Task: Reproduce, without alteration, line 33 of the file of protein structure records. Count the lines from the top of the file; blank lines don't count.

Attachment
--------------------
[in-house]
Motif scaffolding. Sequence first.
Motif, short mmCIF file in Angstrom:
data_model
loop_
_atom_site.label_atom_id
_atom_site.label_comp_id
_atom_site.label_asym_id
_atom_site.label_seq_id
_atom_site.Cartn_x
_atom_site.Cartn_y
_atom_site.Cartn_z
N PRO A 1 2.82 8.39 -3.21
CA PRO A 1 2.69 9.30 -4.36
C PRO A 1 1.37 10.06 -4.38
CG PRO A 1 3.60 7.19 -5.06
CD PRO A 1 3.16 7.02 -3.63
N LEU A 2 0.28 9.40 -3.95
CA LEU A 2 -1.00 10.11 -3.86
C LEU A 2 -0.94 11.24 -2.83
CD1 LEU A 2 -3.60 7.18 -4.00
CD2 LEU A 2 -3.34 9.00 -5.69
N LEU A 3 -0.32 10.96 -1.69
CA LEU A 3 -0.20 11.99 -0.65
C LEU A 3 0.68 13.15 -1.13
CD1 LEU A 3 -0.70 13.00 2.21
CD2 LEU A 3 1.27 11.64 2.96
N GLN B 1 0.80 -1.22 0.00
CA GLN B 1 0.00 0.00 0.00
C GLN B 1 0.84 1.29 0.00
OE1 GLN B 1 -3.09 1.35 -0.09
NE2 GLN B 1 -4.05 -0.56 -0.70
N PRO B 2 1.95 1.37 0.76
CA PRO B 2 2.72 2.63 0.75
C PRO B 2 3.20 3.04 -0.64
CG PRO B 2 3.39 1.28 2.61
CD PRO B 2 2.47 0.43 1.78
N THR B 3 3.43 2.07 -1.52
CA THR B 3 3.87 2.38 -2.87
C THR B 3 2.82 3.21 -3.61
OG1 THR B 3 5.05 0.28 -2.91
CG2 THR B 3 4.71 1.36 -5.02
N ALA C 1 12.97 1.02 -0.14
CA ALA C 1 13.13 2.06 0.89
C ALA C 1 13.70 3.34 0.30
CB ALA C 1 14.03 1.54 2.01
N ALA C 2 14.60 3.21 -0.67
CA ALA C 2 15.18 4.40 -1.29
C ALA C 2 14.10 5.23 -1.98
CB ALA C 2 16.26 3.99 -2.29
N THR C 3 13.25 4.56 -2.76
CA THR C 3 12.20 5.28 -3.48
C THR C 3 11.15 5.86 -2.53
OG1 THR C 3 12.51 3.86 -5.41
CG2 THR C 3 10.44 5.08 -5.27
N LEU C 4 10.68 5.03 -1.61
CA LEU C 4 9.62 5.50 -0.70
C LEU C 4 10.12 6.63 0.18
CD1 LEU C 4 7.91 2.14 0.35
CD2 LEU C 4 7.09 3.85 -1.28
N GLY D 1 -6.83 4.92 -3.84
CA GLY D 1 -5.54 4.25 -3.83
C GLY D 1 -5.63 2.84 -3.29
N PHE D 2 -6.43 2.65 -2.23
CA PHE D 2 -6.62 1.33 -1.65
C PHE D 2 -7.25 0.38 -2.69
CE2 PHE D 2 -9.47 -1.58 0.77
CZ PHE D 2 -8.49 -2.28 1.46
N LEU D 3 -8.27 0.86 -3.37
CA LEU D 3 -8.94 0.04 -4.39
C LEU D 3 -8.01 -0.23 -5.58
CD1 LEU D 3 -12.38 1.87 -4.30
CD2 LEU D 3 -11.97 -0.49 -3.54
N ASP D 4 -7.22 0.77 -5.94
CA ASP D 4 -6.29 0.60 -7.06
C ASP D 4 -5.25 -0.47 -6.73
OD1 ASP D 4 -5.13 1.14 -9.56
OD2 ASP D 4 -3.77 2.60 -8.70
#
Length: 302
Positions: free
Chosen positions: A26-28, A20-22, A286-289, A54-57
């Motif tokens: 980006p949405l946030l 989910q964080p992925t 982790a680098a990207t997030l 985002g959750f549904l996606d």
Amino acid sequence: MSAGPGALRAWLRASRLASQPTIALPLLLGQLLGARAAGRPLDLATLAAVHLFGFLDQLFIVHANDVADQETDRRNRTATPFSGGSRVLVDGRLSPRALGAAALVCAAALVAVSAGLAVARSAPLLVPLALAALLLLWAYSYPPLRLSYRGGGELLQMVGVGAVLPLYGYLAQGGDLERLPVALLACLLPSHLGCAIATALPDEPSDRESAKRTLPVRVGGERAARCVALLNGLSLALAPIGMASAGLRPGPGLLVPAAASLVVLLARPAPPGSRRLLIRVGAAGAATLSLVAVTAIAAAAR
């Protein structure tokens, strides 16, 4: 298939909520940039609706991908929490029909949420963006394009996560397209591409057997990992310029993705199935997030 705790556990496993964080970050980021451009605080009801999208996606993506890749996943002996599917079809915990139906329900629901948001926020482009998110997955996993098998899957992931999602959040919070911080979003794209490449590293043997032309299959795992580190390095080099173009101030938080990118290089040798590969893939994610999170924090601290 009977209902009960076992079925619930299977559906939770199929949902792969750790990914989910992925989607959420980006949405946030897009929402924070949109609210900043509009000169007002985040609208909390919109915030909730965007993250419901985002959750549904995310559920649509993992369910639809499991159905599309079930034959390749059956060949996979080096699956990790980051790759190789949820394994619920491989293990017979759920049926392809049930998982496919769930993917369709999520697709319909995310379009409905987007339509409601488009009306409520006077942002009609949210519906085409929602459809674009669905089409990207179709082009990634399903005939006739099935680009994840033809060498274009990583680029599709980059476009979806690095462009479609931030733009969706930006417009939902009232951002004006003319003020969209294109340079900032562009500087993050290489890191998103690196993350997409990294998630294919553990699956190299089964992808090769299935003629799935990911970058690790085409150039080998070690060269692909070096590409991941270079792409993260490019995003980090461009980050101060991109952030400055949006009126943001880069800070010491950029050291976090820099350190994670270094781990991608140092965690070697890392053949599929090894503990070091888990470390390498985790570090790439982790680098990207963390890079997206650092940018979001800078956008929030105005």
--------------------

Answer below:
N PRO B 2 1.95 1.37 0.76